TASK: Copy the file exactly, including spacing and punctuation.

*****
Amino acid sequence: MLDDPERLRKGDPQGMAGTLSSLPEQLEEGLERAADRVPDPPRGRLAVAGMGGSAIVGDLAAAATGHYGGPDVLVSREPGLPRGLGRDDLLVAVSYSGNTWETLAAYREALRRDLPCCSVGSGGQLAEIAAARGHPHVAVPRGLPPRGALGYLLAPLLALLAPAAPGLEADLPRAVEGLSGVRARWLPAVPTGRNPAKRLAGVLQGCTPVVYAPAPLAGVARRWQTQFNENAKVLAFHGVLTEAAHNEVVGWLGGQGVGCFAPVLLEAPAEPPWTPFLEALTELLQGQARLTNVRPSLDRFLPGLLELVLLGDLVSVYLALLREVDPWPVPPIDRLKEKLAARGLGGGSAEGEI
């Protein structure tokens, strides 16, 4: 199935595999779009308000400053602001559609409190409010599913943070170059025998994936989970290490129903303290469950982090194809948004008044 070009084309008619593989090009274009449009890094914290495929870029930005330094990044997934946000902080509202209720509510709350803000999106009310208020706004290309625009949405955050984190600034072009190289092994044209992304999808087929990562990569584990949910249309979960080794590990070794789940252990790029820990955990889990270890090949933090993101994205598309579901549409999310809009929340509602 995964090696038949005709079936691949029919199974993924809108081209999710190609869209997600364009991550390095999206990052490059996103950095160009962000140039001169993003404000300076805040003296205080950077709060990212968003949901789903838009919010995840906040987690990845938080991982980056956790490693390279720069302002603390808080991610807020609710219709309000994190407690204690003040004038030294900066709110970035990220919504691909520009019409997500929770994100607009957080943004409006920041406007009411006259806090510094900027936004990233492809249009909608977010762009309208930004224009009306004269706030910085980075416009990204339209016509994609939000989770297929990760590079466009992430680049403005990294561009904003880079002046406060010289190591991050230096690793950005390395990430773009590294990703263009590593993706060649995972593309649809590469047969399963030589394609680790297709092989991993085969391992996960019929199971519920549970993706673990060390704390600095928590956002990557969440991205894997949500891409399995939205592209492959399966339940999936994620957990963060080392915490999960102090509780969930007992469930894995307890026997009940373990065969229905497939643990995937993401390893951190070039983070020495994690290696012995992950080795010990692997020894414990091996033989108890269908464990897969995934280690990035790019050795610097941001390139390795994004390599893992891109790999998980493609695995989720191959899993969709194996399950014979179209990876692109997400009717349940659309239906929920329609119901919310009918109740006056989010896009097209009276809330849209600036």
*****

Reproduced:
Amino acid sequence: MLDDPERLRKGDPQGMAGTLSSLPEQLEEGLERAADRVPDPPRGRLAVAGMGGSAIVGDLAAAATGHYGGPDVLVSREPGLPRGLGRDDLLVAVSYSGNTWETLAAYREALRRDLPCCSVGSGGQLAEIAAARGHPHVAVPRGLPPRGALGYLLAPLLALLAPAAPGLEADLPRAVEGLSGVRARWLPAVPTGRNPAKRLAGVLQGCTPVVYAPAPLAGVARRWQTQFNENAKVLAFHGVLTEAAHNEVVGWLGGQGVGCFAPVLLEAPAEPPWTPFLEALTELLQGQARLTNVRPSLDRFLPGLLELVLLGDLVSVYLALLREVDPWPVPPIDRLKEKLAARGLGGGSAEGEI
């Protein structure tokens, strides 16, 4: 199935595999779009308000400053602001559609409190409010599913943070170059025998994936989970290490129903303290469950982090194809948004008044 070009084309008619593989090009274009449009890094914290495929870029930005330094990044997934946000902080509202209720509510709350803000999106009310208020706004290309625009949405955050984190600034072009190289092994044209992304999808087929990562990569584990949910249309979960080794590990070794789940252990790029820990955990889990270890090949933090993101994205598309579901549409999310809009929340509602 995964090696038949005709079936691949029919199974993924809108081209999710190609869209997600364009991550390095999206990052490059996103950095160009962000140039001169993003404000300076805040003296205080950077709060990212968003949901789903838009919010995840906040987690990845938080991982980056956790490693390279720069302002603390808080991610807020609710219709309000994190407690204690003040004038030294900066709110970035990220919504691909520009019409997500929770994100607009957080943004409006920041406007009411006259806090510094900027936004990233492809249009909608977010762009309208930004224009009306004269706030910085980075416009990204339209016509994609939000989770297929990760590079466009992430680049403005990294561009904003880079002046406060010289190591991050230096690793950005390395990430773009590294990703263009590593993706060649995972593309649809590469047969399963030589394609680790297709092989991993085969391992996960019929199971519920549970993706673990060390704390600095928590956002990557969440991205894997949500891409399995939205592209492959399966339940999936994620957990963060080392915490999960102090509780969930007992469930894995307890026997009940373990065969229905497939643990995937993401390893951190070039983070020495994690290696012995992950080795010990692997020894414990091996033989108890269908464990897969995934280690990035790019050795610097941001390139390795994004390599893992891109790999998980493609695995989720191959899993969709194996399950014979179209990876692109997400009717349940659309239906929920329609119901919310009918109740006056989010896009097209009276809330849209600036």